Saturday, March 21, 2009

Using EnumSet when communicating over the network

Many applications use bitmasks to send flags over the wire since it is a very efficient way of representing settings etc, problem is that the code to handle them is quite hard to read and maintain, on both the server and client side. To overcome this, EnumSet in Java can be used. If the flags that are masked in the value sent are represented as enums, the bitmask value can be seen as a set of enums, this concept is used in drizzle-jdbc.

For example, to represent server capabilities the following enum is used:

public enum ServerCapabilities {
LONG_PASSWORD((short)1), /* new more secure passwords */
FOUND_ROWS((short)2), /* Found instead of affected rows */
LONG_FLAG((short)4), /* Get all column flags */
CONNECT_WITH_DB((short)8), /* One can specify db on connect */
NO_SCHEMA((short)16), /* Don't allow database.table.column */
COMPRESS((short)32), /* Can use compression protocol */
ODBC((short)64), /* Odbc client */
LOCAL_FILES((short)128), /* Can use LOAD DATA LOCAL */
IGNORE_SPACE((short)256), /* Ignore spaces before '(' */
CLIENT_PROTOCOL_41((short)512), /* New 4.1 protocol */
INTERACTIVE((short)1024), /* This is an interactive client */
SSL((short)2048), /* Switch to SSL after handshake */
IGNORE_SIGPIPE((short)4096), /* IGNORE sigpipes */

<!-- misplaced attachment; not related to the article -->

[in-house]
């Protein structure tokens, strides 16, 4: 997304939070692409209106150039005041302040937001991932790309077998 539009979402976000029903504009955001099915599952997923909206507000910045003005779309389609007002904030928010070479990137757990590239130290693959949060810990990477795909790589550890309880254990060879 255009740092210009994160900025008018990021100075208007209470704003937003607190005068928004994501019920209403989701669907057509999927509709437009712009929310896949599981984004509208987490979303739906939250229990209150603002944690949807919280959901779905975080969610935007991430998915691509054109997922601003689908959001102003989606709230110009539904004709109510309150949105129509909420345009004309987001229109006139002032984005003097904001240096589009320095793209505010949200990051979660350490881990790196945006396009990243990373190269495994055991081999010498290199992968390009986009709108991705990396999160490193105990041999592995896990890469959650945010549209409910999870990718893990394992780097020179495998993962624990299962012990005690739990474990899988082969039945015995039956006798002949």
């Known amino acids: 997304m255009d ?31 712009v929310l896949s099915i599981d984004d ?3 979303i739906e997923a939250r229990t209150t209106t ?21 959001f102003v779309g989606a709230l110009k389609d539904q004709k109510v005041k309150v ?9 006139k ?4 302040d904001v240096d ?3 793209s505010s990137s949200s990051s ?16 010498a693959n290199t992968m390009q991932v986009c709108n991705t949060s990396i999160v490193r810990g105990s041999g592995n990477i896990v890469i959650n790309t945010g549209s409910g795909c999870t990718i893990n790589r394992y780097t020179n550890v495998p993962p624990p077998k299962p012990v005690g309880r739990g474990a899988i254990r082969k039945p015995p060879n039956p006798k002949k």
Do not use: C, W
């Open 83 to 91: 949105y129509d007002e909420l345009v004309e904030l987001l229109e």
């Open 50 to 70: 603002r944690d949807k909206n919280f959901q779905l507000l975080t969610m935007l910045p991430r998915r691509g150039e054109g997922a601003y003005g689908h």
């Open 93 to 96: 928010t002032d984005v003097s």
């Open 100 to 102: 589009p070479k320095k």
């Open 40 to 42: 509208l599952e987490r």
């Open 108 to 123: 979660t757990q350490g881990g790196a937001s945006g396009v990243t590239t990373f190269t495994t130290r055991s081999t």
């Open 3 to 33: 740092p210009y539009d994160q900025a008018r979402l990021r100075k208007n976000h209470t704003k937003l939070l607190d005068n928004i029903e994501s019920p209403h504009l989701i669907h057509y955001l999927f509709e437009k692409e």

TRANSACTIONS((short)8192), /* Client knows about transactions */
RESERVED((short)16384), /* Old flag for 4.1 protocol */
SECURE_CONNECTION((short)32768), /* New 4.1 authentication */
...
private final short bitmapFlag; //holds the value
ServerCapabilities(short i) {
this.bitmapFlag = i;
}

public static short fromSet(Set<ServerCapabilities> capabilities) {
short retVal = 0;
for(ServerCapabilities cap : capabilities) {
retVal = (short) (retVal | cap.getBitmapFlag());
}
return retVal;
}


public static Set<ServerCapabilities> getServerCapabilitiesSet(short i) {
Set<ServerCapabilities> statusSet = EnumSet.noneOf(ServerCapabilities.class);
for(ServerCapabilities value : ServerCapabilities.values())
if((i & value.getBitmapFlag()) == value.getBitmapFlag())
statusSet.add(value);
return statusSet;
}
}


This enum contains all capabilities of the drizzle server we are talking to. The value in the enum constructor is the bit position in the the value sent over the network. So, two convenience methods are implemented in the enum, one for taking the actual bit-masked value and creating an enum set, and one for taking an enum set and creating a bitmasked value. fromSet creates a short which contains the flags set, and getServerCapabilitiesSet creates an EnumSet which contains the enums represented by i.

Now it is possible to handle bitmasked values like this:

    short bitmask = readShortFromNetwork(); // yeah not really, but hey
Set<ServerCapabilities> serverCapabilities = ServerCapabilities.getServerCapabilitiesSet(bitmask);
if(serverCapabilities.containsAll(EnumSet.of(ServerCapabilities.TRANSACTIONS, ServerCapabilities.SSL)) {
doSomethingSecure();
}


Also, when sending something to the server:


Set<ServerCapabilities> capabilities = EnumSet.of(ServerCapabilities.TRANSACTIONS, ServerCapabilities.SSL);
writeShortToNetwork(ServerCapabilities.fromSet(capabilities));


So, what we've got is a type safe way of sending/receiving flags to/from a server. Internally, the enum set is stored in a long, so performance-wise it is close to equivalent of handling the bit-operations yourself.

Look at these files for usage examples:

DrizzleProtocol.java

ServerCapabilities.java

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